Construction Plan Worries Residents

Harvard's capital campaign plans for the next few years may well enhance student life, but the University's neighbors worry that campus-wide reconfiguration will cramp their style.

In response to concerns among Cambridge residents about pedestrian and traffic safety from the upcoming renovations of Lowell Lecture Hall and Memorial Hall, Harvard officials said last week they have commissioned a study of traffic patterns in the area.

The study, which will be completed this summer by a private civil engineering firm, will evaluate the hazards of increased congestion at the intersection of Broadway and Cambridge Streets in front of Memorial Hall, said Director of Community Relations Happy H. Green.

Green said Harvard agreed to conduct the study at the neighbors' request because of the potential for accidents. The results will be made available to the Agassiz and Mid-Cambridge neighbors.

"God knows, it's like taking your life in your hands to cross there," Green said.


John Petkin, director of the Mid-Cambridge Neighborhood Society, who has met with Harvard representatives about the reconfiguration of the campus, said Harvard's neighbors worry about people crossing in hordes.

"If we get hundreds of freshmen crossing the street where there are major traffic flows, that's going to create problems both for the students and for the people in the cars," Petkin said.

Since Harvard has informed the city of the structural changes contained in the capital campaign proposal, several neighborhood groups have complained about traffic problems and have held regular meetings with University officials, Green said.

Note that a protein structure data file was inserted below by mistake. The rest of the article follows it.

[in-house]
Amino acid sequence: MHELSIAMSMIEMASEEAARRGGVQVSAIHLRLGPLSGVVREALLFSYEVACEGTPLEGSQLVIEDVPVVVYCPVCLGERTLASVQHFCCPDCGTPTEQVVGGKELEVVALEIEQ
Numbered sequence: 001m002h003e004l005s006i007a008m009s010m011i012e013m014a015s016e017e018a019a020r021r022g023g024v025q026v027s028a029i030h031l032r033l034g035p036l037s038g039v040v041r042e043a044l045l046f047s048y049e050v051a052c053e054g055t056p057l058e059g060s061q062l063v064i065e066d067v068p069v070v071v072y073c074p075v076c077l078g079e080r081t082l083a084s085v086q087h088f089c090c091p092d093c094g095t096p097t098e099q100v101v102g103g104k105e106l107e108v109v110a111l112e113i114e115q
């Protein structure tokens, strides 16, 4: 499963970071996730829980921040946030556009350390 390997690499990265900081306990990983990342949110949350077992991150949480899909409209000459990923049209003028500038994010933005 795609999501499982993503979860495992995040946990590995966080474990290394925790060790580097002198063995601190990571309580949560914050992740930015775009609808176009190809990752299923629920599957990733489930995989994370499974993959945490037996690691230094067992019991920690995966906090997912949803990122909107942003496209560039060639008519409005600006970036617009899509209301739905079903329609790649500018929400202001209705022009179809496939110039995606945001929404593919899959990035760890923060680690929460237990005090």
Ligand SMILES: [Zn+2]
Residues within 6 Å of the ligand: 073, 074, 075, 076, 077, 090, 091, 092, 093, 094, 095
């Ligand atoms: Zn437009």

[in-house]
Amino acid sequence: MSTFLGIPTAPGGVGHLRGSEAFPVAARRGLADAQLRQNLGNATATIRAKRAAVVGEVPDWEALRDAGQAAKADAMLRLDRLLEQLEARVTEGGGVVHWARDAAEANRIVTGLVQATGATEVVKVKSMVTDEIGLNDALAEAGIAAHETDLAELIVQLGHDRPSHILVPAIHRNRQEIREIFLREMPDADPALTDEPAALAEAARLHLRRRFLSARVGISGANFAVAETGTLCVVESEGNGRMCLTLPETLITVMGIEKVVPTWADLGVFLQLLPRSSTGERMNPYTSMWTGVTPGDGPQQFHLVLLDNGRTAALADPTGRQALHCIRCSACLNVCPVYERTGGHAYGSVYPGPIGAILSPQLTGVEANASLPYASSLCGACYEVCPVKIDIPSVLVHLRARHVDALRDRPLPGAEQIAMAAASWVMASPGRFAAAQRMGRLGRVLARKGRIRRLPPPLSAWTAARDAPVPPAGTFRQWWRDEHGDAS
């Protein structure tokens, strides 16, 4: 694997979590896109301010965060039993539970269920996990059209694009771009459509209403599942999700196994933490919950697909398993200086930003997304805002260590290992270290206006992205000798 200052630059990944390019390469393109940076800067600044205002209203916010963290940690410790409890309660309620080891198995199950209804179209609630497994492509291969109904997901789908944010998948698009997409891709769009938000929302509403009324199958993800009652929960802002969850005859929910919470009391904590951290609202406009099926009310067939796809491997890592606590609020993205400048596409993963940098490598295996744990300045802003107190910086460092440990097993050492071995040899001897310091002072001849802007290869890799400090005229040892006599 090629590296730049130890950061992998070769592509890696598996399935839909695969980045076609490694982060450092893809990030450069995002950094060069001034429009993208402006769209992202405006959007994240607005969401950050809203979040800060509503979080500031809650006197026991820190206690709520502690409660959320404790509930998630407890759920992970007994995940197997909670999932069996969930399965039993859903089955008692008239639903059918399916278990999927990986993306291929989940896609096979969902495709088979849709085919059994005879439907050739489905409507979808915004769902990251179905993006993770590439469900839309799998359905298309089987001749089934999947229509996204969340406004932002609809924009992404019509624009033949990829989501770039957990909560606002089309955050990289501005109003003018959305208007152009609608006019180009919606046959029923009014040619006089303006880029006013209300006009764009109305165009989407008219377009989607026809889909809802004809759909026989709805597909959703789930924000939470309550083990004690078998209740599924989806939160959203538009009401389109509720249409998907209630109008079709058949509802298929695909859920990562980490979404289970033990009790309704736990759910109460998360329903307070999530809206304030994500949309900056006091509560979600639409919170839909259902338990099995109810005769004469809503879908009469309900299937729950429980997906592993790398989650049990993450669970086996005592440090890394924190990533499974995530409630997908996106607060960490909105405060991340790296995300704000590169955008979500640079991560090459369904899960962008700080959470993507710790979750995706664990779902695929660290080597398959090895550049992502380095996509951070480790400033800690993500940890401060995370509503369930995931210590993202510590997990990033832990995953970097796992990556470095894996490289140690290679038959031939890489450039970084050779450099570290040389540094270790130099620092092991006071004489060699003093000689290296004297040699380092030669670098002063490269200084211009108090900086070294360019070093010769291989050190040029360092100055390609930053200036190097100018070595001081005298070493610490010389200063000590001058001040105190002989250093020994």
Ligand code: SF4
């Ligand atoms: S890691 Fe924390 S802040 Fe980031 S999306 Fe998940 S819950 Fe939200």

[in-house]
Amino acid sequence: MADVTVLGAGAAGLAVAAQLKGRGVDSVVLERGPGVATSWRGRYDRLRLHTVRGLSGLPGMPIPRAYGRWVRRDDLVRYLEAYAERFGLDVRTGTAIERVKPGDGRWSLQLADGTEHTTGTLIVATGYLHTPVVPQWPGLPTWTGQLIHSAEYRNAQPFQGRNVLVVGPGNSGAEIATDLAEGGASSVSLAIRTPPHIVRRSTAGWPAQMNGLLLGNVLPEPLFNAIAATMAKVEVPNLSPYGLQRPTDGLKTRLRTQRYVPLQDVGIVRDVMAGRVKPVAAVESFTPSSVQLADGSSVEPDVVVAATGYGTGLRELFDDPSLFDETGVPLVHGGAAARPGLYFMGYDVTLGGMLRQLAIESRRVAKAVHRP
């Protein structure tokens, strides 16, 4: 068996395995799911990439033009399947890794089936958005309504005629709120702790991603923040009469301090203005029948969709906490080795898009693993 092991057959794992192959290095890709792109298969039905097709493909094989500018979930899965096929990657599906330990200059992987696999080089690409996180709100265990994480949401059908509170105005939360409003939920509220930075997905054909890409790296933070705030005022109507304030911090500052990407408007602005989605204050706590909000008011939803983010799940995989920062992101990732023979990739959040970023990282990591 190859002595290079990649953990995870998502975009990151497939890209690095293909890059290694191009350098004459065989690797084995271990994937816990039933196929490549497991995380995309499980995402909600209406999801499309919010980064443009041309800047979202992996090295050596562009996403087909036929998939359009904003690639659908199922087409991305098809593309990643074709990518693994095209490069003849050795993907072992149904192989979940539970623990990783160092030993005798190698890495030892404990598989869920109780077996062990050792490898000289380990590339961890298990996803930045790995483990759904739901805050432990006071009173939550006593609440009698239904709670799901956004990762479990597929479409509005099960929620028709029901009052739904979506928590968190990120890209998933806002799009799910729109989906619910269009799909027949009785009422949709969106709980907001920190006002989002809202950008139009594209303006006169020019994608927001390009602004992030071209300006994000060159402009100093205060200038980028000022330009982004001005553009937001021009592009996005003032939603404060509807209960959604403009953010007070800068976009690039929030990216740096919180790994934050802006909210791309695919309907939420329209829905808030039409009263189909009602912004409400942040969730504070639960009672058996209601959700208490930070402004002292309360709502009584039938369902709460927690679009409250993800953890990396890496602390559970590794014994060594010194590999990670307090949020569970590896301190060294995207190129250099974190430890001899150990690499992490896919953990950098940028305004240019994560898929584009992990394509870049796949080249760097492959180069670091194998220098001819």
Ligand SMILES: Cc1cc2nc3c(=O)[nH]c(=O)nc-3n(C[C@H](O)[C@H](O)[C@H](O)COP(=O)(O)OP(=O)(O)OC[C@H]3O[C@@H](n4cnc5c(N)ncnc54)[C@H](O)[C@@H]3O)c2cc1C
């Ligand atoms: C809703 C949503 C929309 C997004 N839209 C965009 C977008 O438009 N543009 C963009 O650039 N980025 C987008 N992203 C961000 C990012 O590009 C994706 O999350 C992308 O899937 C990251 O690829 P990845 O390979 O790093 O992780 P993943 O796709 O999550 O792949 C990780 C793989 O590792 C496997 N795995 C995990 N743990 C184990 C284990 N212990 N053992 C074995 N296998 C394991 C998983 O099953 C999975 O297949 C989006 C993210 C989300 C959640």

City planners said they too have heard from neighbors concerned about the flurry of renovation and building which will accompany Harvard's $2 billion fundraising effort.

Neighbors List Concerns

"The neighbors have given Harvard and us a list of concerns," said George Teso, director of traffic and parking for the city.

The list asks for a traffic signal to be installed at the corner of Oxford and Kirkland Streets, for truck traffic through the area to be curtailed and for a strict enforcement of existing speed laws, Teso said.

Teso said the city has already complied with some of the demands by reducing the speed limit in the area to 25 miles per hour, by agreeing to install the signal and by applying to the state for permission to detour truck traffic from the area.

But renovations and additions at Harvard have also brought benefits to Cambridge. James P. Maloney, the city's finance director, said Harvard has been one of the city's sole builders during the recession.

Maloney said he welcomes Harvard's plans for capital improvement because construction brings money to the city through building permits.

"From where I sit," Maloney said, "Expansion on existing tax exempt land is to the benefit of the city."